“The response was a deafening silence,” he adds.

But more than three decades later, minds are finally focusing on the lake’s shrinkage, prompted by its link to the deadly geopolitical crises of Islamist militancy and migration.

Freed schoolgirls in NigeriaImage copyrightEPA
Image captionBoko Haram recently seized more than 100 schoolgirls, before releasing most of them a month later

In 2014, I headed out of the north-east Nigerian city of Maiduguri towards Lake Chad in a new minibus. There were armoured vehicles in front as well as behind, and right next to me was a Nigerian soldier – fast asleep. Our destination was Kirenawa, the latest village that the marauding Boko Haram jihadists had terrorised.

As the road became steadily sandier, we entered a long-neglected area, passing the faded signs of abandoned government projects in ever hotter and sleepier villages.

Buildings had been torched and people had been left terrified, watching as others were killed in front of them.

In all the villages, people complained there was nothing for young people to do, nothing to dream of except getting out.

‘Ugly kinds of jobs’

It had become a perfect recruiting ground for the Islamist militants. The offer of a little cash and the promise of some training and a gun persuaded many to join.

Of course, Lake Chad’s decline is not the sole reason for the rise of violent extremism – a number of factors including poor governance have also played a role – but there is clearly a link.

“I know many young people from my own village who got into these ugly kinds of jobs,” Mr Bura says.

As if the delegates gathering in Abuja last month needed reminding of how dire the security situation had become, more than 100 schoolgirls had just been seized from Dapchi, Nigeria.

At the meeting, it was agreed that Bonifica and PowerChina, the company that helped build the Three Gorges dam spanning the Yangtze River, would complete a feasibility study. They announced that the effort to raise $50bn (£35bn) for the Lake Chad Fund should begin immediately.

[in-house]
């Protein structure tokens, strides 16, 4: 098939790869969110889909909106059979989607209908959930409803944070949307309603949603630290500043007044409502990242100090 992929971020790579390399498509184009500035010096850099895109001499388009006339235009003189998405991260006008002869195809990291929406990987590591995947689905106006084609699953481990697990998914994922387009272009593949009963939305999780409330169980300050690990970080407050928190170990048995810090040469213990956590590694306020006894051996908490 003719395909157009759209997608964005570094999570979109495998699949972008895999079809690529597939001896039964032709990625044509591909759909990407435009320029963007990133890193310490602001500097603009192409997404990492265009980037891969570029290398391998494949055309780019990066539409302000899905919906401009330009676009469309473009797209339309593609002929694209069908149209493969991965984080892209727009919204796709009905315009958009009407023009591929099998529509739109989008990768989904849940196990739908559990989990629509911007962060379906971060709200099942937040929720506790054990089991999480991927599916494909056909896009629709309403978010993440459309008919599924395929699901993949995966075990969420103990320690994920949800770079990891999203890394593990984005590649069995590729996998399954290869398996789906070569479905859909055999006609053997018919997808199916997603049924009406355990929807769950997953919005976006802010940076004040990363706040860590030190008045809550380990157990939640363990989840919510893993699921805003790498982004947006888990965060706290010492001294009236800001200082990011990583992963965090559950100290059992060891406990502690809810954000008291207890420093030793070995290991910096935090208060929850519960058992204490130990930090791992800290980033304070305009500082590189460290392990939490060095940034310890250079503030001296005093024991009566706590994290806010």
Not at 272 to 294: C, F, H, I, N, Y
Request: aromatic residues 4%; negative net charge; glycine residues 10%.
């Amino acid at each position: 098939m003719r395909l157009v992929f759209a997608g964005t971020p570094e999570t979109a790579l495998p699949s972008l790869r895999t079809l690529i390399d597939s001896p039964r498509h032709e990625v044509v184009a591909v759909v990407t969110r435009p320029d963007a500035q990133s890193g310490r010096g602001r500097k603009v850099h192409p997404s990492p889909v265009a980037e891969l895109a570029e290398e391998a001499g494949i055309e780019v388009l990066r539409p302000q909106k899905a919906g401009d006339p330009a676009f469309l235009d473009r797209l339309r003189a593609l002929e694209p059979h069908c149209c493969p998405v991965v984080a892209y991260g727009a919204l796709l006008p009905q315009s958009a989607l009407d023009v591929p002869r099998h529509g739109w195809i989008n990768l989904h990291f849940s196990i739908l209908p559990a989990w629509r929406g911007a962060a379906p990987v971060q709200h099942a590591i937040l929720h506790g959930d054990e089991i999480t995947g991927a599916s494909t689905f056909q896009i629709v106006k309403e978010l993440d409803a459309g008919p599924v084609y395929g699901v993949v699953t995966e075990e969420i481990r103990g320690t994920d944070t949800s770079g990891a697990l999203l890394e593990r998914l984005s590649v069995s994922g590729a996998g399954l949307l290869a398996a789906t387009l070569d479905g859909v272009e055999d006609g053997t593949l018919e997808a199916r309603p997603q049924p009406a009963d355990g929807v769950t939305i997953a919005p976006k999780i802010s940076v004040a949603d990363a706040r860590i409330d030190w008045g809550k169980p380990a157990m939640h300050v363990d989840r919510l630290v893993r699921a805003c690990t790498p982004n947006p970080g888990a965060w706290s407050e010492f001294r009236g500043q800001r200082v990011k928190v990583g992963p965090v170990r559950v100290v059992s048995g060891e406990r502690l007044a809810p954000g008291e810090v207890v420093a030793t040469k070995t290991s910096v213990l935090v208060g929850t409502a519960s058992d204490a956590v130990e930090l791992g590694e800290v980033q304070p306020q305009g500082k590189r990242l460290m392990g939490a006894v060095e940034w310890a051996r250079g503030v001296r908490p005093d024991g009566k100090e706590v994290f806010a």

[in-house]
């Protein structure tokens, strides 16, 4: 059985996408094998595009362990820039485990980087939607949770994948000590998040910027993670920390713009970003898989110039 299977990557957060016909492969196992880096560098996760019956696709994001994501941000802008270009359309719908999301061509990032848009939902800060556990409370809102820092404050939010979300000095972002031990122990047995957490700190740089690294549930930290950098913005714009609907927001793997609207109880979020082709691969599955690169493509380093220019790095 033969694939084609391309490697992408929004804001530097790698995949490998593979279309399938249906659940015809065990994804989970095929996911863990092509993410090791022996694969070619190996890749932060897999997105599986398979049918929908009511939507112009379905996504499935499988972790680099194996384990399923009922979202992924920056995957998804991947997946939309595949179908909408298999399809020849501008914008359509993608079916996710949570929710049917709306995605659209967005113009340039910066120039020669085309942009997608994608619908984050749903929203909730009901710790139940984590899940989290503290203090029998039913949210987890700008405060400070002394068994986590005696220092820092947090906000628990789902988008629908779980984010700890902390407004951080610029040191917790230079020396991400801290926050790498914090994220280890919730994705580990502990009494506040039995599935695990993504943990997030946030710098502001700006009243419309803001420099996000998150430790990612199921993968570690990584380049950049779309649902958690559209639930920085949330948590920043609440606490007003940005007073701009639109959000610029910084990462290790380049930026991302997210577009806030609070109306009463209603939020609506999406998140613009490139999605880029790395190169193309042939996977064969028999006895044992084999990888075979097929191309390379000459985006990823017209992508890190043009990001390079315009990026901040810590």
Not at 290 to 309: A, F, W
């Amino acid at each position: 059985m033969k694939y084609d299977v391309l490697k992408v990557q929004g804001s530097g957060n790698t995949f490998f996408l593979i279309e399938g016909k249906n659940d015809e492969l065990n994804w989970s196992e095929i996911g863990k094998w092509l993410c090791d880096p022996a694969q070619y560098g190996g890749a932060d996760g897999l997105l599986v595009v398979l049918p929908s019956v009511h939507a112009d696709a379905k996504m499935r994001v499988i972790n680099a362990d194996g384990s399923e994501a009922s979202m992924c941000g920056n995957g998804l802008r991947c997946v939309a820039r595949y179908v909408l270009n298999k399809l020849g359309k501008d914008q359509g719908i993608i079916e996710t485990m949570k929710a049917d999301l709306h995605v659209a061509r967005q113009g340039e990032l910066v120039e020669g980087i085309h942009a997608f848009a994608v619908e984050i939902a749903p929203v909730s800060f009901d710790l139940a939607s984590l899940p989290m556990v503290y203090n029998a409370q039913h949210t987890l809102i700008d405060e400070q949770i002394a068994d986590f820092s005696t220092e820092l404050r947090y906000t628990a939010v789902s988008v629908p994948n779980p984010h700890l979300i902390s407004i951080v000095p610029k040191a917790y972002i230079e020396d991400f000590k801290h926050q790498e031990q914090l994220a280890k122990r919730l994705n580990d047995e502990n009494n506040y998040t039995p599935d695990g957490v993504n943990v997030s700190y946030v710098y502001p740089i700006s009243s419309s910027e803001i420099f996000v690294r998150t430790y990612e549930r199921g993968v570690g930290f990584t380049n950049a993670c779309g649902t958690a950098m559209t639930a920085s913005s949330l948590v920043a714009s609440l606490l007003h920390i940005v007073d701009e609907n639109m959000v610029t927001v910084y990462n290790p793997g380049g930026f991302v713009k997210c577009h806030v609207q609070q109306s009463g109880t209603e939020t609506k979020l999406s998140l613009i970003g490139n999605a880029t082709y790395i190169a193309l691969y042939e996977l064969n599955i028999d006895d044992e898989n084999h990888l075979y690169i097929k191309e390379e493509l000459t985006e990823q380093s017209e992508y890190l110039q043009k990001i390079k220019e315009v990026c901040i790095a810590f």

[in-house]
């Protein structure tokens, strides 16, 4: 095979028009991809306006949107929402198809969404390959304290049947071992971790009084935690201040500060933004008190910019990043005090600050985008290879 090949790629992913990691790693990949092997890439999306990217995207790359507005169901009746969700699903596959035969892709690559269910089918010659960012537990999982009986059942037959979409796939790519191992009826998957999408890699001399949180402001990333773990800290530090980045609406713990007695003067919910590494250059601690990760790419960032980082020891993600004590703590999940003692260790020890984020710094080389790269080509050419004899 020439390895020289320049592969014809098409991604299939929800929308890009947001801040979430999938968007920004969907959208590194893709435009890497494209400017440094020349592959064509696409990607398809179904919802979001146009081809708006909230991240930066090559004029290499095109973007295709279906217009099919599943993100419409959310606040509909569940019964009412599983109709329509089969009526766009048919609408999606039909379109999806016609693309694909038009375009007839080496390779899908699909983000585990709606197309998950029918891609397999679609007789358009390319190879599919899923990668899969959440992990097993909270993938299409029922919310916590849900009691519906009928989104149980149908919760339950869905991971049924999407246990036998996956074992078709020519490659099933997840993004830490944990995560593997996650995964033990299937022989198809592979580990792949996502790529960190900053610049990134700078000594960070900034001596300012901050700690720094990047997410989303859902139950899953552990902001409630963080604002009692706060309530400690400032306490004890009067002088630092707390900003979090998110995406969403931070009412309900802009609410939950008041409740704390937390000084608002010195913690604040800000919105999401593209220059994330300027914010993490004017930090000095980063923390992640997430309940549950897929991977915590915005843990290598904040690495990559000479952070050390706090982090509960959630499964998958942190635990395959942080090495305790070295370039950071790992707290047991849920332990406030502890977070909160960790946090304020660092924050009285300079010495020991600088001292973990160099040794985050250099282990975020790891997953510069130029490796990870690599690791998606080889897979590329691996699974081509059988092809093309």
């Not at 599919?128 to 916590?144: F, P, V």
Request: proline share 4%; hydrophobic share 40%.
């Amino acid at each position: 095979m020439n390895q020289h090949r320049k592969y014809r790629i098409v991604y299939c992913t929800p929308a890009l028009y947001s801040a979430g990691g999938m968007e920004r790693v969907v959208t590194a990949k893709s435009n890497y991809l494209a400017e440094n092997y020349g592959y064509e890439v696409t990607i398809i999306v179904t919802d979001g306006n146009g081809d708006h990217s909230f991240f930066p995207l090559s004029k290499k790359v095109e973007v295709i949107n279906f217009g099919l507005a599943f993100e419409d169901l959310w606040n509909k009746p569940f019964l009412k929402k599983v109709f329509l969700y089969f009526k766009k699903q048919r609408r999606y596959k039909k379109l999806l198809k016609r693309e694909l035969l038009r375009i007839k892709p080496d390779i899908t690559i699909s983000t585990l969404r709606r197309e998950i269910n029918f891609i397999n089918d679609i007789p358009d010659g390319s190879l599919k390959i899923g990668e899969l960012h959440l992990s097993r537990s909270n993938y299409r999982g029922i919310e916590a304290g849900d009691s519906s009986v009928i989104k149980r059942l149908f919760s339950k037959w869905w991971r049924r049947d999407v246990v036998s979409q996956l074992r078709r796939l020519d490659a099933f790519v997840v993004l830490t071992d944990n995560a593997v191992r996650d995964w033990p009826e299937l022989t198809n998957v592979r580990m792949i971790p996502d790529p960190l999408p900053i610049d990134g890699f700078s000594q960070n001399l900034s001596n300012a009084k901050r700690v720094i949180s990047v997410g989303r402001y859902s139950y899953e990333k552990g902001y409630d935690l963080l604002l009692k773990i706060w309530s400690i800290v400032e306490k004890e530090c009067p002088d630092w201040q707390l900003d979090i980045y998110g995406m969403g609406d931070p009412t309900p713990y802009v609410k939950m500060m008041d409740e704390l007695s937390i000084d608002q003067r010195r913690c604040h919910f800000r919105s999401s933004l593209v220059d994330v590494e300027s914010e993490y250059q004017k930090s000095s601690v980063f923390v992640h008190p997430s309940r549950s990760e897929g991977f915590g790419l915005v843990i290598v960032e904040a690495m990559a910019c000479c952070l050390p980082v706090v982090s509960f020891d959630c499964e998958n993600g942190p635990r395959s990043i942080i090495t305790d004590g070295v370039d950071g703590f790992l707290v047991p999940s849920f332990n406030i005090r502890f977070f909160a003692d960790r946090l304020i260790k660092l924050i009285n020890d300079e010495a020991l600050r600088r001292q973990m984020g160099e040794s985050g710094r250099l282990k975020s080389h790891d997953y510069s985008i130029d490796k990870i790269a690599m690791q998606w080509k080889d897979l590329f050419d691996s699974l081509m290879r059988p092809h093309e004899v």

Camels crossing Lake ChadImage copyrightGETTY IMAGES

Bonifica says its plan will use less than 8% of the water the Congo River discharges into the Atlantic and would not be a threat to the Democratic Republic of Congo’s continuing Grand Inga Dam project, which would create the world’s largest hydropower generator if it is completed.

Further engineering work would be needed to enable the Chari River to handle the increased flow of water. The project can be done in a staggered way, with each completed stage immediately adding to the flow of water into the Lake Chad basin.

Other options that have been considered include one which involves pumping the water uphill from Palambo, in the Central African Republic.

As well as the funding challenge for Transaqua, there will be resistance from environmental campaigners to overcome. And even carrying out the feasibility study properly requires peace.

Chinese media has reported the transfer canal would be 100m (328ft) wide and 10m (33ft) deep and would be flanked by a service road and eventually a rail line.

“It is a project which responds to the never-tackled infrastructural needs of the African continent, which maybe will give birth to a real African renaissance,” says Mr Vichi, who sees all along the route of the canal vast potential for agro-processing and transforming agricultural products for African and foreign markets.

Ministers know life is likely to get ever tougher for the people who live around Lake Chad. That’s why they are paying attention to the plans to bring it back to life.

Spice: Why some of us like it hot

Piles of spices in market (Credit: Getty Images)

Human beings around the world delight in fiery foods. Thai, Mexican, Chinese, Indian, Ethiopian – the cuisines that can take the roof off your mouth are numerous and flavourful.

Ranking the world’s most spicy peppers and comparing the most awe-inducing dishes is a common pastime, even if, past a certain point, the distinctions are somewhat moot. Who can say, subjectively speaking, that one Indian restaurant’s Widower Phaal, made while wearing goggles with chilis that rank about 1,000,000 on the Scoville Scale – an international measurement of pungency – is necessarily a fierier experience than the notorious Korean Suicide Burrito?